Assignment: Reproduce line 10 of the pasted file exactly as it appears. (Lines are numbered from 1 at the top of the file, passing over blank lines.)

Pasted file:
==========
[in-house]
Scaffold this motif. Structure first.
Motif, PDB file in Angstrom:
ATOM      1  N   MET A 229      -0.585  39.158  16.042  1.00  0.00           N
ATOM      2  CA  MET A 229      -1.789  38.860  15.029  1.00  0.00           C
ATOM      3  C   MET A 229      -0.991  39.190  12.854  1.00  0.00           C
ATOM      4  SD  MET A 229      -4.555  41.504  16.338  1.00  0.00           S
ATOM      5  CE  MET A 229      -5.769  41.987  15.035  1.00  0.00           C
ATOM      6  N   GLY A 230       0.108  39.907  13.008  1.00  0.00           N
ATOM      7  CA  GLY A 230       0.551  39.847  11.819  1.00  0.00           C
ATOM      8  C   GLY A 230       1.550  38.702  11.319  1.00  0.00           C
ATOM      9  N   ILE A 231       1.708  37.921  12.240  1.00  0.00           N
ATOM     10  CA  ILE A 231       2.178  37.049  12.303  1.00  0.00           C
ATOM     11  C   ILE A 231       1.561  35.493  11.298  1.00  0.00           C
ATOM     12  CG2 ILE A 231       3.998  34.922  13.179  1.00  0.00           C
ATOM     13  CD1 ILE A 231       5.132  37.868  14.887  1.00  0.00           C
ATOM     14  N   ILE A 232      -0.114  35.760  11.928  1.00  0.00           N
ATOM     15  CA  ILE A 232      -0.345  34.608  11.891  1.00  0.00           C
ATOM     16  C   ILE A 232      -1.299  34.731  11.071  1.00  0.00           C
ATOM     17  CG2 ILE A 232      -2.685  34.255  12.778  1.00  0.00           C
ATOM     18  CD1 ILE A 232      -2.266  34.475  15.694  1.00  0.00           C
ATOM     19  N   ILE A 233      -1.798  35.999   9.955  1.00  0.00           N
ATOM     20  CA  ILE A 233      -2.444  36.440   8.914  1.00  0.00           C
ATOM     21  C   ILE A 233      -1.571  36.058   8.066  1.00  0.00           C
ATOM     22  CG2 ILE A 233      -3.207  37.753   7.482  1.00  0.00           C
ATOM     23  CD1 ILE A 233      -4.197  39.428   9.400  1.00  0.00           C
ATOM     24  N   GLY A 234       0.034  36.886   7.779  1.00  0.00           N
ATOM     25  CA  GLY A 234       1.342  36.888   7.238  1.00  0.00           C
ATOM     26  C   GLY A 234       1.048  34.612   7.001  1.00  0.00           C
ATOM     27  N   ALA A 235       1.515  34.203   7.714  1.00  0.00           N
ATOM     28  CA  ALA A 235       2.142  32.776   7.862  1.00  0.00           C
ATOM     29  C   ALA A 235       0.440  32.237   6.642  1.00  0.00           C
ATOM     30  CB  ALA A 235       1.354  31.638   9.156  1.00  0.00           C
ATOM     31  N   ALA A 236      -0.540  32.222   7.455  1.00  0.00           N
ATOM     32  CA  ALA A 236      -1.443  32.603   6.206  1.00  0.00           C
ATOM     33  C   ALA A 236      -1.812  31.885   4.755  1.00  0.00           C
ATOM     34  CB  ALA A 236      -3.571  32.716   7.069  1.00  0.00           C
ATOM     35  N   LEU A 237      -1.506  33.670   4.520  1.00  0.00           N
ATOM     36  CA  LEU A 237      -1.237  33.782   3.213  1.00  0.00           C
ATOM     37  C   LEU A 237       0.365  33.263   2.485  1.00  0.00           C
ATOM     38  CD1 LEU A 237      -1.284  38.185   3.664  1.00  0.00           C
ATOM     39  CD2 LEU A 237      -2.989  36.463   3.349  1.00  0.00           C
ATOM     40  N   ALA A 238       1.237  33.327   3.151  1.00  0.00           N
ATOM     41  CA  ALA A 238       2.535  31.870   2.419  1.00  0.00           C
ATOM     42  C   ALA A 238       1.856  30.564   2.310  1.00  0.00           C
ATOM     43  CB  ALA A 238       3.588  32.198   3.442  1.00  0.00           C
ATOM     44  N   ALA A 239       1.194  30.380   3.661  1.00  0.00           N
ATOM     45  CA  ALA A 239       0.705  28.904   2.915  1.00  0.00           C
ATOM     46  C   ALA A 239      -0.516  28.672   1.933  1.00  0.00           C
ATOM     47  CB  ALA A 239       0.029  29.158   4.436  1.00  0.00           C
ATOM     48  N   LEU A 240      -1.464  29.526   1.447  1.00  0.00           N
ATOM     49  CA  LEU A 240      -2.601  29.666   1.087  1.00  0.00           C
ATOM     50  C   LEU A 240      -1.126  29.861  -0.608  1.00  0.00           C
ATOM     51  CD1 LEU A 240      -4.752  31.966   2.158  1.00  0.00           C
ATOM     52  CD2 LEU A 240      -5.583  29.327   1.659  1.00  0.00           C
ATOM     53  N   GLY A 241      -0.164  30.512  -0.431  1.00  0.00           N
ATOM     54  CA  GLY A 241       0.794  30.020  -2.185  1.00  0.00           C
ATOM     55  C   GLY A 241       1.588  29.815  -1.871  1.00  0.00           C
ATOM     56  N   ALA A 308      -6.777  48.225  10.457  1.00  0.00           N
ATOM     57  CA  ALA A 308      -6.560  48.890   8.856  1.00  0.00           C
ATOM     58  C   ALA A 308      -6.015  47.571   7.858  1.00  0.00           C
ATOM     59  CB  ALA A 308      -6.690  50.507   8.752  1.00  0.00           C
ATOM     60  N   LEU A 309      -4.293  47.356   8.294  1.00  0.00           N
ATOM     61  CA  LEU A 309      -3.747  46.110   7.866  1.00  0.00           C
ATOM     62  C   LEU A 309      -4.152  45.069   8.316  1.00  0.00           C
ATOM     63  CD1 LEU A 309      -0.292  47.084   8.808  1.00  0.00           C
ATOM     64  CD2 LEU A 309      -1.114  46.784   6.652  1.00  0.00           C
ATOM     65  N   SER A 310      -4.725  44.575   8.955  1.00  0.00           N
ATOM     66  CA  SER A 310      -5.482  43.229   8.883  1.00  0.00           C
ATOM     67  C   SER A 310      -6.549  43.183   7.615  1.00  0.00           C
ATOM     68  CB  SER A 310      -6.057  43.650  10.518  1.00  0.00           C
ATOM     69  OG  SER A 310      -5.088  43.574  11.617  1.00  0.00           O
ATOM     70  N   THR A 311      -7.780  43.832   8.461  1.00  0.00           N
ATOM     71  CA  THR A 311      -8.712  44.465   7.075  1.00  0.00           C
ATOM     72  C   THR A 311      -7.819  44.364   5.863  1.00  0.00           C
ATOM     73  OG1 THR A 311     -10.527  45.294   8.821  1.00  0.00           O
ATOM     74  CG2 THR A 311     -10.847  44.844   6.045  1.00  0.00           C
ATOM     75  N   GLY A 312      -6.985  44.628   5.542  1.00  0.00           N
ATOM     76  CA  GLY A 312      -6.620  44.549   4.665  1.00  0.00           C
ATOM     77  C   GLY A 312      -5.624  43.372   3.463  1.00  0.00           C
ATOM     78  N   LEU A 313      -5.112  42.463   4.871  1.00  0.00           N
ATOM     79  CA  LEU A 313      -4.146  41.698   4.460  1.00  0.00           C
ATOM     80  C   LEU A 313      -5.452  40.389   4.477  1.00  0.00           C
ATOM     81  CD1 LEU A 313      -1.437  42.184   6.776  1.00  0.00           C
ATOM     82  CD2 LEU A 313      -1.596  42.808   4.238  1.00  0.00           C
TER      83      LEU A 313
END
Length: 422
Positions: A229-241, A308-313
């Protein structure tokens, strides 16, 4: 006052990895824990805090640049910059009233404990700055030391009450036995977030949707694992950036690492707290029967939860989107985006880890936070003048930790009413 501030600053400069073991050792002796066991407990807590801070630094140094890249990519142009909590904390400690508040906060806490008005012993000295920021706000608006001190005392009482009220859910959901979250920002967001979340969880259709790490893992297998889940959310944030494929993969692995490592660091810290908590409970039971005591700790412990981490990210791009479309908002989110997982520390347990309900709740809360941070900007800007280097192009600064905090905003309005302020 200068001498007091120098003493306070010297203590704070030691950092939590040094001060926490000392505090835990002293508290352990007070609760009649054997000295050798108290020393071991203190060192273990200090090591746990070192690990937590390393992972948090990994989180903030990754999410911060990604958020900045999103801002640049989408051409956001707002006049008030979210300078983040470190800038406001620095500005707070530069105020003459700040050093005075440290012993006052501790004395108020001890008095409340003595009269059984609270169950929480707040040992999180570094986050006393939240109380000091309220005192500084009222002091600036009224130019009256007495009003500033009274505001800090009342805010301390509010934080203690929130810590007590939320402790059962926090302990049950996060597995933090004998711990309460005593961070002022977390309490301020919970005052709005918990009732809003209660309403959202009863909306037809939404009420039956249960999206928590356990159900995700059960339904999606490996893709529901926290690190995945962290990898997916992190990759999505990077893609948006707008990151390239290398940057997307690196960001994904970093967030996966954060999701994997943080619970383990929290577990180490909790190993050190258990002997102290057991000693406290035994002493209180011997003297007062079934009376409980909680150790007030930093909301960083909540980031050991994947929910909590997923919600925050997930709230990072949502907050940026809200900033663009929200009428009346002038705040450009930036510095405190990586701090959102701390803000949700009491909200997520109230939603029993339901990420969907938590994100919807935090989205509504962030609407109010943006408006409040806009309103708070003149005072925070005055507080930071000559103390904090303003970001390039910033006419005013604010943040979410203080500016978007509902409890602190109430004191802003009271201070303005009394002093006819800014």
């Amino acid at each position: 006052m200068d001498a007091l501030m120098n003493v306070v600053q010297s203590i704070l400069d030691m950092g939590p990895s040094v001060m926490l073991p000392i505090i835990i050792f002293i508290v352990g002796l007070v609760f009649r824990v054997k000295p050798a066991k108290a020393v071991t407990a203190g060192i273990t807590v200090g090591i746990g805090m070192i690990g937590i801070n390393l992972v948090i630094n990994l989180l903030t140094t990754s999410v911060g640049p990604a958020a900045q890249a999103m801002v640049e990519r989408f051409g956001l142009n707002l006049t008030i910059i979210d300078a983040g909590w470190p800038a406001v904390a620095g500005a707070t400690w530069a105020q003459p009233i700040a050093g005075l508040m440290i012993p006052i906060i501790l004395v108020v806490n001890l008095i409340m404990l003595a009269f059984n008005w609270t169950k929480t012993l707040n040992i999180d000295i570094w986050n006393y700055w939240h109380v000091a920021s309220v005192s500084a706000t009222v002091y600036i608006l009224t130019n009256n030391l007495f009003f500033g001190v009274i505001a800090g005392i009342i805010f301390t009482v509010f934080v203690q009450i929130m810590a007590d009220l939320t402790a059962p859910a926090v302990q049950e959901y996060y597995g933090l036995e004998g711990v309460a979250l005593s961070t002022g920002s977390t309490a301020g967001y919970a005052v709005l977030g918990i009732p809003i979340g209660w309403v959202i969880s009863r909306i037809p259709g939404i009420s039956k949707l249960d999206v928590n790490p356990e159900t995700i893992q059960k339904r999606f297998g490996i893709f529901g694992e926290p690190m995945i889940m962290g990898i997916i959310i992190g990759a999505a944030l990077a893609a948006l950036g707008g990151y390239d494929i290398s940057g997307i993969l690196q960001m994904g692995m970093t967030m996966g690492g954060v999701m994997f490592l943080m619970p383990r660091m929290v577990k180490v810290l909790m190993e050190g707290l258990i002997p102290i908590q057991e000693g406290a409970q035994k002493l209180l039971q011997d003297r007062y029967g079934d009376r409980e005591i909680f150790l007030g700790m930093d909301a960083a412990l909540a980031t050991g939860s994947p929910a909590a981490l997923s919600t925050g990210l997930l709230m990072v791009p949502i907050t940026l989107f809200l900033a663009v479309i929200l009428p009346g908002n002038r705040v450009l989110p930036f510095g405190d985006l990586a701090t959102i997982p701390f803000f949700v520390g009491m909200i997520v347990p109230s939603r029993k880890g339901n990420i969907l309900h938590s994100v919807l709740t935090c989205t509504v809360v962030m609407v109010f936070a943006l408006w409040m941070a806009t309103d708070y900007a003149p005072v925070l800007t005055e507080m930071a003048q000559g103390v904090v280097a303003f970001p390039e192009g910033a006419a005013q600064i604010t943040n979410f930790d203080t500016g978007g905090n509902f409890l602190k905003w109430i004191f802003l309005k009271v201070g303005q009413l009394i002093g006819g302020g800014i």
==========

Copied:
ATOM      7  CA  GLY A 230       0.551  39.847  11.819  1.00  0.00           C